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Title: Modelling the Role of University-Industry Collaboration in the Iranian National System of Innovation: Generating Transition Policy Scenarios
Author(s): Kharazmi, Omid Ali
Supervisor(s): Edgar, Gerry
Issue Date: Mar-2011
Publisher: University of Stirling
Abstract: In a knowledge-based economy the collaboration between university, industry and government is vital for growth and innovation (Etzkowitz, 2008). A conceptual model of the relevant macro and micro environment was developed using the theoretical constructs from the literature on systems of innovation theories including, National Systems of Innovation, Porter’s ‘Cluster’ or ‘Diamond’ model, and the ‘Triple-Helix Model’ of university–industry-government interactions. The role of culture and trust in different systems of innovation theories was examined, and the role these elements play in UIC activities was found to be particularly important, though vague on the processes. A generic model of university-industry-government interrelations was developed to aid a systemic understanding of the mechanisms (primary barriers and drivers) for productive collaboration. This systems model was used in the formation of policy instruments designed to improve university-industry collaboration (UIC), and thereby the means of regional economic development. These policy experiments are applied to the case of Iran. However, since the future of Iran in this context is highly uncertain due to cultural, political and economic factors there are few assumptions which can be relied upon as a basis for traditional innovation management practice. Instead, it is intended to use the systems model in a series of scenario-based analyses of the effectiveness of policy instruments on the UIC associated with two Iranian cluster industries. A questionnaire survey and a series of semi-structured stakeholder interview methodology were used to build a basis for these scenario techniques. The method of systems modelling to generate policy change scenarios for UIC is a novel feature of this research. Analysis of the causal relationships of UIC activities in Iran found many were biased to create an established behaviour pattern (culture) which is overwhelmingly negative. This negative behaviour is manifest as a significant lack of trust at all interfaces between the primary actors in the system. According to the results of this research, trust is influenced by many factors including government activities, institutional structure, institutional culture, and also national culture of the country. The systems model is a complex interaction of reinforcing loops that emphasizes the scale of challenge policy-makers face in creating effective innovation systems, and may explain why few developing countries have been successful in achieving economic transition. This research shows how a policy development framework was formed using the UIC systems model to understand the structural problems facing Iran. A set of evolved states (exploratory and future-backward scenarios) served to illustrate the effect of these policy choices, and therefore to inform an improvement agenda for UIC activities in Iran.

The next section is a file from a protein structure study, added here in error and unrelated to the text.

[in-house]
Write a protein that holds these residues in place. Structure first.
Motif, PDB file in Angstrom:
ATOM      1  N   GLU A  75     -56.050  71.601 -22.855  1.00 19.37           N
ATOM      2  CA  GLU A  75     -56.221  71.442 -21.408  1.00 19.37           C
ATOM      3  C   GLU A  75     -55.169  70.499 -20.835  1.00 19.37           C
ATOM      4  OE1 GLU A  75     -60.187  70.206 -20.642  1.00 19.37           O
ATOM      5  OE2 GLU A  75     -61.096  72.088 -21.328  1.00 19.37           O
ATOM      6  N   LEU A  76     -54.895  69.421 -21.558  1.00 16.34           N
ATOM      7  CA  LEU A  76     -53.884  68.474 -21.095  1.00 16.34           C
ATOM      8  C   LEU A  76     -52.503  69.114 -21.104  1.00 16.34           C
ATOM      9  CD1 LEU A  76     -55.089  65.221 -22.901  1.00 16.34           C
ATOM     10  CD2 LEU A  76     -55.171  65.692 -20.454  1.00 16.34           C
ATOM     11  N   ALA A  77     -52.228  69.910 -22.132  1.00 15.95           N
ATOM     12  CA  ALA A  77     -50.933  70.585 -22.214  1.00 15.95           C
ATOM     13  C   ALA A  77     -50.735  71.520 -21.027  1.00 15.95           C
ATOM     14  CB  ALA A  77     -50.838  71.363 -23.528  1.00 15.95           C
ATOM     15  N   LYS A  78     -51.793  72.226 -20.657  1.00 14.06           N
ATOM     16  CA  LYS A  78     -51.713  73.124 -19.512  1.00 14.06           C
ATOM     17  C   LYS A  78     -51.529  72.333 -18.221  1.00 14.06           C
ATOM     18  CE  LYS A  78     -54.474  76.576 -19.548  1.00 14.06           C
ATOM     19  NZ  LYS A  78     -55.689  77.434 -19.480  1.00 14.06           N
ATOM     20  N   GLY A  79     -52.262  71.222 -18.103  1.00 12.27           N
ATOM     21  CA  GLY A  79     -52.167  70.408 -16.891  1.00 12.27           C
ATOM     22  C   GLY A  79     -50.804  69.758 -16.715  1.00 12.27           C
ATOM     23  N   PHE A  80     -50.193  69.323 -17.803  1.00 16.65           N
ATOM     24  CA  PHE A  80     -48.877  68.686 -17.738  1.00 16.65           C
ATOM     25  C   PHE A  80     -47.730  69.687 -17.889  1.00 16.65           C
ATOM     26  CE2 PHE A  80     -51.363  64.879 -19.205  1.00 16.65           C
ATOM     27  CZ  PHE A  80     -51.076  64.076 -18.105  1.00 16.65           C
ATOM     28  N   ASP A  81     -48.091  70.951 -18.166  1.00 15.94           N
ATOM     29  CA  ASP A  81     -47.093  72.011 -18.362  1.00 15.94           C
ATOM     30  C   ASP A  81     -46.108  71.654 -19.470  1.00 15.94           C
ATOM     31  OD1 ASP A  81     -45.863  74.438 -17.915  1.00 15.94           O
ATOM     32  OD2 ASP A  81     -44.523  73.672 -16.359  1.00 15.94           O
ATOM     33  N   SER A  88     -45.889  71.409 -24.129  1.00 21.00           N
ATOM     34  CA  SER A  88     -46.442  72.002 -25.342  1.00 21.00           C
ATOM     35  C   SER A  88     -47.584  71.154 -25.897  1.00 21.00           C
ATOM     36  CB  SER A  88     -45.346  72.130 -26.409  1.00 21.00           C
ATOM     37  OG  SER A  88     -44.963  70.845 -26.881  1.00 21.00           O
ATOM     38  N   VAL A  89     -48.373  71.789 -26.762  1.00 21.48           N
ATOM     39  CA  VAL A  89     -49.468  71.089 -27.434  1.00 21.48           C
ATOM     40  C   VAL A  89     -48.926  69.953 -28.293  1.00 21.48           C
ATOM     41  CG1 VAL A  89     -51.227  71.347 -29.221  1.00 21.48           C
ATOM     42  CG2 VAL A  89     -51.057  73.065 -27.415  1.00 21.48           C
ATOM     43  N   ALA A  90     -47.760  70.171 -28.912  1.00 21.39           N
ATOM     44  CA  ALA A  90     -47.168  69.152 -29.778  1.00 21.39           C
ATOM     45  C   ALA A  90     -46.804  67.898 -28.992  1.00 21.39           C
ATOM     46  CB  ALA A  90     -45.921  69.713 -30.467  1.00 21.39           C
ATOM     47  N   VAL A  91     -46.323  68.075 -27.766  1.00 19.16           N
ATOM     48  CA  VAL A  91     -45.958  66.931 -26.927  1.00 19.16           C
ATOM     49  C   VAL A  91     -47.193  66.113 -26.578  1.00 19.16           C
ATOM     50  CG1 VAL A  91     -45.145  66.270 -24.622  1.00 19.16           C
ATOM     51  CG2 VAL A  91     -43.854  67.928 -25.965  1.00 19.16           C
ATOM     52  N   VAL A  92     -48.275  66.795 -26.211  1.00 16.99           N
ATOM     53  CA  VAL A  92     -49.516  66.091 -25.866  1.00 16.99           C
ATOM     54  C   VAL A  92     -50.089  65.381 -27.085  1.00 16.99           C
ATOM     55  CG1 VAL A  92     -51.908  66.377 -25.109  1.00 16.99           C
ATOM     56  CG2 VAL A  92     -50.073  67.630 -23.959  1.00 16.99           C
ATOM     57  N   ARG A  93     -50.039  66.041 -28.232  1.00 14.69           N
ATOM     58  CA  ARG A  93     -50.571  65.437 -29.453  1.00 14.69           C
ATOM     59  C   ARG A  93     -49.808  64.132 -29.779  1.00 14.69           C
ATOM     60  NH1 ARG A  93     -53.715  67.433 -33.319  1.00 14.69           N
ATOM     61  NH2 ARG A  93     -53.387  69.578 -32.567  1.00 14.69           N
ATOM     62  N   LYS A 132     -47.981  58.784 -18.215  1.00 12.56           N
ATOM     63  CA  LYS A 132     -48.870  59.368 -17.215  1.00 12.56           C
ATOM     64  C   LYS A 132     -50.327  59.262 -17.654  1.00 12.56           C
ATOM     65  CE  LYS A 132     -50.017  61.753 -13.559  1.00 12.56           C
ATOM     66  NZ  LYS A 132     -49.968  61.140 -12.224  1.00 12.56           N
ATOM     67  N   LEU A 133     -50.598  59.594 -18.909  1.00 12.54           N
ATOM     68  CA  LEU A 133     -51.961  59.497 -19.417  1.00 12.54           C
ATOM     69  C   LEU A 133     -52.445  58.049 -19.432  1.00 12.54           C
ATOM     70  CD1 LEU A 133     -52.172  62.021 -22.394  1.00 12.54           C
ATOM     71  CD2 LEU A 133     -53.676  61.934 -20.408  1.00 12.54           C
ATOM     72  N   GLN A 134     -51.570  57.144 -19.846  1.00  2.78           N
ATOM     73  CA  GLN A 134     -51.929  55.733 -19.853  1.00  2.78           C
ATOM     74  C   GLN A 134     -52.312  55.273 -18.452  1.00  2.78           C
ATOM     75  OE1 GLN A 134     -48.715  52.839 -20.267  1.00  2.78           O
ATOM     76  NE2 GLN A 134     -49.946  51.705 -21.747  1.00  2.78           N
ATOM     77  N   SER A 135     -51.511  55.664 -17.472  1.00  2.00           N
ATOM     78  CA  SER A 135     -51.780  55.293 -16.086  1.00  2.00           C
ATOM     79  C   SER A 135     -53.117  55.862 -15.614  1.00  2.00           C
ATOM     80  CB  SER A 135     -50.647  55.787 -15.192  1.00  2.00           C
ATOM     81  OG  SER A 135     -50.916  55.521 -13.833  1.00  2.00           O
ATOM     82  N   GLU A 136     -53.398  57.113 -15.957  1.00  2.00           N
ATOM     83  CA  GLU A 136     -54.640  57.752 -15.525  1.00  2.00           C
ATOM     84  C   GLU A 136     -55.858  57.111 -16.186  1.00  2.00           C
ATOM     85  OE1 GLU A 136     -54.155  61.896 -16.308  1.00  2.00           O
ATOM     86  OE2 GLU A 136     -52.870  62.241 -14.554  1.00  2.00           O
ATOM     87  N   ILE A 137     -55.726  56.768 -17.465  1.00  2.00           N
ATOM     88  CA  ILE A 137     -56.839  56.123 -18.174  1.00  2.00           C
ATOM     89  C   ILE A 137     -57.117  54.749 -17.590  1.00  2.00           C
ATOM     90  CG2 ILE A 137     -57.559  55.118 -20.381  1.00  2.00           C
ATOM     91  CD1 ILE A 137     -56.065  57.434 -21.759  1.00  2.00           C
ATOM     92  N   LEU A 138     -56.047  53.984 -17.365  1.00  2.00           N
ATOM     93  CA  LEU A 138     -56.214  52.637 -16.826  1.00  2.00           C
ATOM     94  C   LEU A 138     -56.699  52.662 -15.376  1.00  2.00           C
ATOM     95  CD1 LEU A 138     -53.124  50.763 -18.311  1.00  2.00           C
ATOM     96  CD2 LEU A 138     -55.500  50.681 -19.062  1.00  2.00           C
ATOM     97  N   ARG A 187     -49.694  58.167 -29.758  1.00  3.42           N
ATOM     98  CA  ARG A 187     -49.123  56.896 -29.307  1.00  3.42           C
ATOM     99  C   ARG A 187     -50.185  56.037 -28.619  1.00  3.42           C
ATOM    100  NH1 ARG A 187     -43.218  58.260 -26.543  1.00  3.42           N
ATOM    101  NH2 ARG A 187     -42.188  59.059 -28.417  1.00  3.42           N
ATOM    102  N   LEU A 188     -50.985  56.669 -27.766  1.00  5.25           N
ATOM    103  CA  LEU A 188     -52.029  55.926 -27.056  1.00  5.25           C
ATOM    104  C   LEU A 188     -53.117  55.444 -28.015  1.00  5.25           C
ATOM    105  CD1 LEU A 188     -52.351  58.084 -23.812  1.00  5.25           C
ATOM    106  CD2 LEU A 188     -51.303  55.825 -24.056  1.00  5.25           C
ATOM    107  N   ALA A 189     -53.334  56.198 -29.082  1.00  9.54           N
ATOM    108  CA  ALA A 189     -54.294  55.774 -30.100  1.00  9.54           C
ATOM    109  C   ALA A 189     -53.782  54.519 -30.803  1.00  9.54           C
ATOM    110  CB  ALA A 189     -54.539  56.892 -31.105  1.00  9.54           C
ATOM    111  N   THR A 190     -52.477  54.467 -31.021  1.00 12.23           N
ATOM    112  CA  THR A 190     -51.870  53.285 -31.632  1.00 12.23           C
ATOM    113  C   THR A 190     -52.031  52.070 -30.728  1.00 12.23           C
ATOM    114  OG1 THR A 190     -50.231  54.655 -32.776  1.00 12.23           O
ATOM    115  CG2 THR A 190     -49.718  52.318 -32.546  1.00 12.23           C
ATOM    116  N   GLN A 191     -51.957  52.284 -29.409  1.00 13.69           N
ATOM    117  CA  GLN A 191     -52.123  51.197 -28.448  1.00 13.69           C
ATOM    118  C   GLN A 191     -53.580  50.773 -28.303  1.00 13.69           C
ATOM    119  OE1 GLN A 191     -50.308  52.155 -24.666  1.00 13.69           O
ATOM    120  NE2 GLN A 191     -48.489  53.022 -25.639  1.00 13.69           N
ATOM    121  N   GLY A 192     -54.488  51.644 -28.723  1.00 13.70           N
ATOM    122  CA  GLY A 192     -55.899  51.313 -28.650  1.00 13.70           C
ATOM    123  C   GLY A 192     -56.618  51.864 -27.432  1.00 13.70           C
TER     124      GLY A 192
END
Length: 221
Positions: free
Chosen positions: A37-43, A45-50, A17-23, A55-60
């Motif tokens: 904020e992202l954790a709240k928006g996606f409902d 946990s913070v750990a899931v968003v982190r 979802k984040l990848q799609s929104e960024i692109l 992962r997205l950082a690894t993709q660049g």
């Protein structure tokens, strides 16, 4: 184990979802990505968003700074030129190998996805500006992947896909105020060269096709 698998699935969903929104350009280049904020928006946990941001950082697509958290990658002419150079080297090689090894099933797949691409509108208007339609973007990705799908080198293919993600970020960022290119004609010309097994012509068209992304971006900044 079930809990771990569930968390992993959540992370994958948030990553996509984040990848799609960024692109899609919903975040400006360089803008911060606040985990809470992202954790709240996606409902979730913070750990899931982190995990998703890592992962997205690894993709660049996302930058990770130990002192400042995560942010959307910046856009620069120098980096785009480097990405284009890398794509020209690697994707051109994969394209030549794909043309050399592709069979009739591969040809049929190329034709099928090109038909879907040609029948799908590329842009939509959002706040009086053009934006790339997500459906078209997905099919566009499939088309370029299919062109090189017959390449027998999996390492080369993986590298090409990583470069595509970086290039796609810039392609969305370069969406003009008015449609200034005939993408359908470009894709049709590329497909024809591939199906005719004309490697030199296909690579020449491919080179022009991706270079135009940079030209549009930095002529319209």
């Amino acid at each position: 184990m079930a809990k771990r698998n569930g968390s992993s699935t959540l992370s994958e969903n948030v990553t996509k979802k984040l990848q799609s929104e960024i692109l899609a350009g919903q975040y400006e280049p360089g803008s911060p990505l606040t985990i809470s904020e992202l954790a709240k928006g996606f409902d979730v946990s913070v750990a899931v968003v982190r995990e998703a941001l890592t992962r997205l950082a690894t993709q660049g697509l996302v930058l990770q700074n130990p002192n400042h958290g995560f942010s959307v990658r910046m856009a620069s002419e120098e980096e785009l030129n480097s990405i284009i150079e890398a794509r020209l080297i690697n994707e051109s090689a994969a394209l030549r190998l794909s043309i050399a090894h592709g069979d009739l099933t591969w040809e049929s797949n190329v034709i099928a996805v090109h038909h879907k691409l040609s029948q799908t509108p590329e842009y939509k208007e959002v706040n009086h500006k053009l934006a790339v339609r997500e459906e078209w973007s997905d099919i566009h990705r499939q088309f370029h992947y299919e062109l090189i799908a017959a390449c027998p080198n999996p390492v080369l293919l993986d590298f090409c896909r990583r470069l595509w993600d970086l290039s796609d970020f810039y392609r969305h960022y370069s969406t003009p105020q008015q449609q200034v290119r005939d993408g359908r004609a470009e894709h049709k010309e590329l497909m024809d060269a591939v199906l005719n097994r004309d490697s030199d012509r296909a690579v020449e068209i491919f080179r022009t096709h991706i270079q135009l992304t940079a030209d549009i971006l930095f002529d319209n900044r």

Type: Thesis or Dissertation
Affiliation: Stirling Management School
Management Education Centre

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